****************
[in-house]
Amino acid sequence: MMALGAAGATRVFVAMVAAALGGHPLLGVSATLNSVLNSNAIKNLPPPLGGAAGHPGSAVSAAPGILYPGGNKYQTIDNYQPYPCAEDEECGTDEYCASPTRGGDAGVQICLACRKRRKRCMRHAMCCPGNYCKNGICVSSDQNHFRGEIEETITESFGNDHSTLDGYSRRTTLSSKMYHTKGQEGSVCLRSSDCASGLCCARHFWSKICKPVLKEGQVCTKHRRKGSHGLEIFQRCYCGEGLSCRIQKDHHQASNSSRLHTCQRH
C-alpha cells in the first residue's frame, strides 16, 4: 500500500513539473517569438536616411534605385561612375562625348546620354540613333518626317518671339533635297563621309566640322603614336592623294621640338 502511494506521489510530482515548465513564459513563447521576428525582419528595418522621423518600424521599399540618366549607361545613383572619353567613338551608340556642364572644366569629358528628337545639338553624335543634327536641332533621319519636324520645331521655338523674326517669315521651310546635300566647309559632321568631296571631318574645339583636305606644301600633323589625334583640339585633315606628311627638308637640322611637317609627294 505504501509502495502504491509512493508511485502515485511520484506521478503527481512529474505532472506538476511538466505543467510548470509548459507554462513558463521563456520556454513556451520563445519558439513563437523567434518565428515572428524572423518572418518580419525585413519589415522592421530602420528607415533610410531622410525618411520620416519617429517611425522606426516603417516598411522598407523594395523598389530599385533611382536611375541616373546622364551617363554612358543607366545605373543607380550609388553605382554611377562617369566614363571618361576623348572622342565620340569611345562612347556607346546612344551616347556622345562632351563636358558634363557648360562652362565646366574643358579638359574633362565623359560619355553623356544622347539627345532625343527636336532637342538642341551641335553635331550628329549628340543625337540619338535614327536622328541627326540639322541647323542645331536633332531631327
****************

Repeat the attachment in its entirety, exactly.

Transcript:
[in-house]
Amino acid sequence: MMALGAAGATRVFVAMVAAALGGHPLLGVSATLNSVLNSNAIKNLPPPLGGAAGHPGSAVSAAPGILYPGGNKYQTIDNYQPYPCAEDEECGTDEYCASPTRGGDAGVQICLACRKRRKRCMRHAMCCPGNYCKNGICVSSDQNHFRGEIEETITESFGNDHSTLDGYSRRTTLSSKMYHTKGQEGSVCLRSSDCASGLCCARHFWSKICKPVLKEGQVCTKHRRKGSHGLEIFQRCYCGEGLSCRIQKDHHQASNSSRLHTCQRH
C-alpha cells in the first residue's frame, strides 16, 4: 500500500513539473517569438536616411534605385561612375562625348546620354540613333518626317518671339533635297563621309566640322603614336592623294621640338 502511494506521489510530482515548465513564459513563447521576428525582419528595418522621423518600424521599399540618366549607361545613383572619353567613338551608340556642364572644366569629358528628337545639338553624335543634327536641332533621319519636324520645331521655338523674326517669315521651310546635300566647309559632321568631296571631318574645339583636305606644301600633323589625334583640339585633315606628311627638308637640322611637317609627294 505504501509502495502504491509512493508511485502515485511520484506521478503527481512529474505532472506538476511538466505543467510548470509548459507554462513558463521563456520556454513556451520563445519558439513563437523567434518565428515572428524572423518572418518580419525585413519589415522592421530602420528607415533610410531622410525618411520620416519617429517611425522606426516603417516598411522598407523594395523598389530599385533611382536611375541616373546622364551617363554612358543607366545605373543607380550609388553605382554611377562617369566614363571618361576623348572622342565620340569611345562612347556607346546612344551616347556622345562632351563636358558634363557648360562652362565646366574643358579638359574633362565623359560619355553623356544622347539627345532625343527636336532637342538642341551641335553635331550628329549628340543625337540619338535614327536622328541627326540639322541647323542645331536633332531631327